Bill Knight column for Mon., Tues., or Wed., April 20, 21 or 22
But as the 45th annual Earth Day occurs this Wednesday, pessimism can feel almost as threatening as smog, fracking and oil-train derailments.
ITER (the International Thermonuclear Experimental Reactor) for more than eight years has been touted as an answer to the world’s dependence on harmful fossil fuels. One of the most complicated machines ever devised, the publicly funded fusion-energy project – costing some $20 billion – is under construction in southern France. Backed by the United States and Russia, the European Union and China, India and Japan and South Korea, ITER is planned as a 11.5-ton, 100-foot structure that will hold a vacuum chamber where a super-hot “cloud” of heavy hydrogen will spin (faster than the speed of sound) as it’s bathed in radiation and uncharged particles so intense they could melt a train car in minutes. The cloud will reach temperatures 10 times as hot as the Sun – more than 360 million degrees Fahrenheit). That means no physical substance can hold it, so ITER will suspend the super-heated cloud within the largest network of superconducting magnets on the planet. This mini-Sun will float under immense pressure within ITER’s otherwise empty void.
What could go wrong?
From ISIS to incompetence, danger lurks there like a loaded pistol in a toddler’s bed.
Closer to home, the Keystone XL pipeline looms, planned to bisect the country carrying Canadian tar-sand oil to export – a wily serpent tempting us with the false, forbidden fruit of cheap energy without jeopardizing the environment.
“Global warming isn’t a prediction. It is happening,” said climate scientist James Hansen, the former head of the NASA Goddard Institute for Space Studies. “That is why I was so troubled to read a recent interview with President Obama [where] he said that Canada would exploit the oil in its vast tar-sands reserves ‘regardless of what we do.’
“If Canada proceeds – and we do nothing – it will be game over for the climate,” Hansen wrote.
Already, recent extreme effects of a changing climate are as ominous as they are obvious: record snow and record cold, floods and severe storms and droughts;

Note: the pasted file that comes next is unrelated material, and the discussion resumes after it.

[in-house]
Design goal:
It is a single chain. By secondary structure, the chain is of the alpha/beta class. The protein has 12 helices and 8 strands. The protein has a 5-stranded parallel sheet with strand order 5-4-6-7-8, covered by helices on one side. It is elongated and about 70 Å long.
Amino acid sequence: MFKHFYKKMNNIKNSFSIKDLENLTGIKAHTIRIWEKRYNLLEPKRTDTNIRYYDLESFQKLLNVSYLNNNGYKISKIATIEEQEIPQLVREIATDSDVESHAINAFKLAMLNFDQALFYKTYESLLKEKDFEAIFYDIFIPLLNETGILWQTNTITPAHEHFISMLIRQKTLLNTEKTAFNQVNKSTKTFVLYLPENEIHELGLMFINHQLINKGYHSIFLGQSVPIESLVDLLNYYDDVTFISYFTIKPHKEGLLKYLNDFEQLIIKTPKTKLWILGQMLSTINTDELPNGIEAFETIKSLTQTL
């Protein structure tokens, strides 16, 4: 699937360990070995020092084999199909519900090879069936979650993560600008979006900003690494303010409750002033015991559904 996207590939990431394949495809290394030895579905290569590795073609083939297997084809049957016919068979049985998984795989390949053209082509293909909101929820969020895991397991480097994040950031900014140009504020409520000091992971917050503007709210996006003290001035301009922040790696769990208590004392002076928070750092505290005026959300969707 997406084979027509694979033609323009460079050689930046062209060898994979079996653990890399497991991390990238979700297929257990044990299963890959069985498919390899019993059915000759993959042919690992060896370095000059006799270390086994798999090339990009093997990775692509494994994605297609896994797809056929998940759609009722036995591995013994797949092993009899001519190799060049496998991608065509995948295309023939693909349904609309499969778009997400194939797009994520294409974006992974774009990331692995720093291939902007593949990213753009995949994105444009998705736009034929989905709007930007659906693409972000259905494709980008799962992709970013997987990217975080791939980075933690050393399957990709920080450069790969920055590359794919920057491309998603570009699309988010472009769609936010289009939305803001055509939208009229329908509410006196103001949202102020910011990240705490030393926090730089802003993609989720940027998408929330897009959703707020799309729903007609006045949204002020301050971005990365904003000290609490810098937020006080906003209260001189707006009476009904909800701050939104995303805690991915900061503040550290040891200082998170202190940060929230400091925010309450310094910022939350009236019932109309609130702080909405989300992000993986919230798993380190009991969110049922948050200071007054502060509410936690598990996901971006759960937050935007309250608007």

A study released March 2 by researchers led by Dr. Noah Diffenbaugh, a Stanford University Earth scientist, said, “California has experienced more frequent drought years in the last two decades than it has in the past several centuries.”
Despite human folly, hope springs forth like blooms and blossoms in the fields and yards. Everyday people marched by the thousands in New York City, and also Lima, Peru. There, the 20th session of the Conference of the Parties to the United Nations Framework Convention on Climate Change (COP20) this winter concluded with key elements for an agreement setting 2050 as the worldwide goal for zero net emissions, and the U.S. government is helping persuade developing countries to partner – to resist the temptation to burn whatever’s cheap and easy in favor of generating energy in clean and sustainable ways – with a $3 billion investment in the Green Climate Fund helping those economically struggling nations. And a campaign to divest holdings from fossil-fuel corporations is gaining momentum, promising to resemble the effective anti-apartheid efforts 30 years ago.
Also, some science deniers, anti-regulation conservatives and interests sometimes resistant to change (like insurance companies and the Defense Department) are conceding that the crisis is not only real, but dire.
It’s “a rather extreme position to say that we ought to allow dangerous pollutants to destroy the only planet we know of that can completely sustain human life,” wrote Justin Haskins, an editor with the conservative Heartland Institute, in Human Events.
Scientists promise that the situation is not yet hopeless.
The United Nations’ Nobel Prize-winning Intergovernmental Panel on Climate Change issued a report written by 800 scientists from 80 countries summarizing findings from some 30,000 peer-reviewed scientific papers: “Human influence on the climate system is clear. The more we disrupt our climate, the more we risk severe, pervasive and irreversible impacts; and we have the means to limit climate change and build a more prosperous, sustainable future.”
Do we have the will?
“It is no secret that the Earth is in trouble and that we humans are to blame,” says environmental journalist Richard Schiffman. “Just knowing these grim facts, however, won’t get us very far. We have to transform this knowledge into a deep passion to change course. But passion does not come primarily from the head; it is a product of the heart.”
[PICTURED: Illustration from transforminglifenow.wordpress.com.]